The best-laid plans

This topic contains 1 reply, has 2 voices, and was last updated by  Rose Heaney 6 years, 1 month ago.


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  • #25306

    James Kerr
    Keymaster

    Sometimes, no amount of project planning or management is enough to make a project successful. I was tasked once with a project that involved tracking costs and scoping a campus-wide implementation to reduce costs. Details and names are withheld to protect the guilty. The entire campus community would have been affected-faculty, staff, and students. It was an ambitious project, and despite initial challenges in implementation, in the long term would have been tremendously beneficial.

    Considerable resources were put into planning and project management over three years. The plan involved a partnership with another institution. The fallback plan, for us, was that we would proceed with our own solo implementation. Everyone agreed, the plan was excellent, the project was necessary and solid. In the end, we could not secure final approval from the top decision makers because of inter-organization political squabbling. It was very frustrating, but not a complete loss, as the plans that had been developed were still valid for us to move forward on our own.

    A year after we implemented our own installation, the ‘partner’ institution did the same for their own installation, using the same plans we developed during the project. The single project we worked on together yielded two nearly identical installations, at double the cost and each operating independently of the other.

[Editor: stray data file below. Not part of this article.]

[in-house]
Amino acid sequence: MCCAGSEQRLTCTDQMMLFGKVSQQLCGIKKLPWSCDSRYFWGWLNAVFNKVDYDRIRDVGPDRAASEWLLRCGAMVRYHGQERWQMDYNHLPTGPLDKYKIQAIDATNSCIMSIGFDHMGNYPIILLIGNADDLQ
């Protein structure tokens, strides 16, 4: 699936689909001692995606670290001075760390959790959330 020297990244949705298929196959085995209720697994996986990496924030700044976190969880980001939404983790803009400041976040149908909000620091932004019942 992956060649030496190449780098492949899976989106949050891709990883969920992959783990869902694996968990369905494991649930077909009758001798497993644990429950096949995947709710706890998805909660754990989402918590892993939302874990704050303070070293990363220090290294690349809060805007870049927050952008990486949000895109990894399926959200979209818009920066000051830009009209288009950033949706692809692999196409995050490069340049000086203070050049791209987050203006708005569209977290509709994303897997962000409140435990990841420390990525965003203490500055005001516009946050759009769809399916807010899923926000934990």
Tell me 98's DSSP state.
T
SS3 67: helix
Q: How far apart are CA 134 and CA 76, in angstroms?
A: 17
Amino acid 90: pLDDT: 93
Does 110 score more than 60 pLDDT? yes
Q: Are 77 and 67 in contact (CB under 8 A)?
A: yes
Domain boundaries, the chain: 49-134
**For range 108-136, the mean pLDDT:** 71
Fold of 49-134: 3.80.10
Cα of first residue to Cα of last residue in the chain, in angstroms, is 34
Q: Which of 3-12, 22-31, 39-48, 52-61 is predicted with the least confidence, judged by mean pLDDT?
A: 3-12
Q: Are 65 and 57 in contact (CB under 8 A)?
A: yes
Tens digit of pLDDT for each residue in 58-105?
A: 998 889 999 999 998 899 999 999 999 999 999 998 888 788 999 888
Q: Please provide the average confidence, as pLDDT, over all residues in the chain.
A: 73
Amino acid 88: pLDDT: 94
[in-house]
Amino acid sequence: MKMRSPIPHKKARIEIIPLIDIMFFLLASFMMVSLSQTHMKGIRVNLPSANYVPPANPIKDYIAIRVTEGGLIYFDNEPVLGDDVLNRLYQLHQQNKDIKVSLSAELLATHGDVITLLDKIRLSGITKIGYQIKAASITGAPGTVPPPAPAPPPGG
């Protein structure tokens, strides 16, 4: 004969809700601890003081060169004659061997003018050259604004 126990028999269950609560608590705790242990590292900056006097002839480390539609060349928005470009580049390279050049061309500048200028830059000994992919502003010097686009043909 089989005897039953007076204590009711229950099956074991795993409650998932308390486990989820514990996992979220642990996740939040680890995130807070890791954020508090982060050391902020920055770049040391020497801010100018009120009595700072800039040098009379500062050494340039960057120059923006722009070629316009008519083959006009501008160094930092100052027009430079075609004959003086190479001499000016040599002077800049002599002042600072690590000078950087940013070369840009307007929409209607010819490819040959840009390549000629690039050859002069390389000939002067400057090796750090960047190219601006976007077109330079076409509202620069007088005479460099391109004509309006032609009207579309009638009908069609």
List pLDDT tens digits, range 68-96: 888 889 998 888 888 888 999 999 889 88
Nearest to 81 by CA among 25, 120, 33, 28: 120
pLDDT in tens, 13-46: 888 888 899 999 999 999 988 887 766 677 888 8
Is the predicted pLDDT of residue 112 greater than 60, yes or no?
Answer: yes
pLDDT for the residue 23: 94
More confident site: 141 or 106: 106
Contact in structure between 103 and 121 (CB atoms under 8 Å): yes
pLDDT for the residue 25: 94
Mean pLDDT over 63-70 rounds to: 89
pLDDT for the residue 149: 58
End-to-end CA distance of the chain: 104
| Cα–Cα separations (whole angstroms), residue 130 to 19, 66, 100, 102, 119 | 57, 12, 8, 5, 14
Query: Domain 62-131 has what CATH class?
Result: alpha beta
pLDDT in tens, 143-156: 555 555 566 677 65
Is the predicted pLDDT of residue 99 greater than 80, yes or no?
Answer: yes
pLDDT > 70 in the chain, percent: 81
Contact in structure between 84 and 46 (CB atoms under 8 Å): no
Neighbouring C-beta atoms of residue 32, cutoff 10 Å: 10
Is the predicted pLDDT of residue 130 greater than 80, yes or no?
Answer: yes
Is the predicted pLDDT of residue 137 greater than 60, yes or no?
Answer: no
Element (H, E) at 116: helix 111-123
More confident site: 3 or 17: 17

Even though the partnership project failed, ultimately both institutions achieved their independent goals using resources developed during the joint project phases. Those secondary goals kept a large project’s failure from being completely worthless.

  • #25365

    Rose Heaney
    Moderator

    I can empathise with this Jim – long term, institution (& cross institution) wide projects are often very fraught because of politics and the undue influence of key individuals. Our VLE transition dragged out over an unnecessarily long period due to changes in both IT & corporate senior management leading to interference in the form of ill considered opinions  e.g. “Why do we need to change the VLE?” “Doesn’t the old one still work?” and more significantly the withdrawal of funding that had previously been agreed. We got there in the end because the old VLE was unfit for purpose and there was enough drive from the grassroots to make sure we did but the original project plan was effectively superseded by a much more pragmatic, seat of the pants approach. No doubt some of the problems should have been foreseen and therefore handled better but I think most projects would have foundered with the level of resistance and opposition we encountered.

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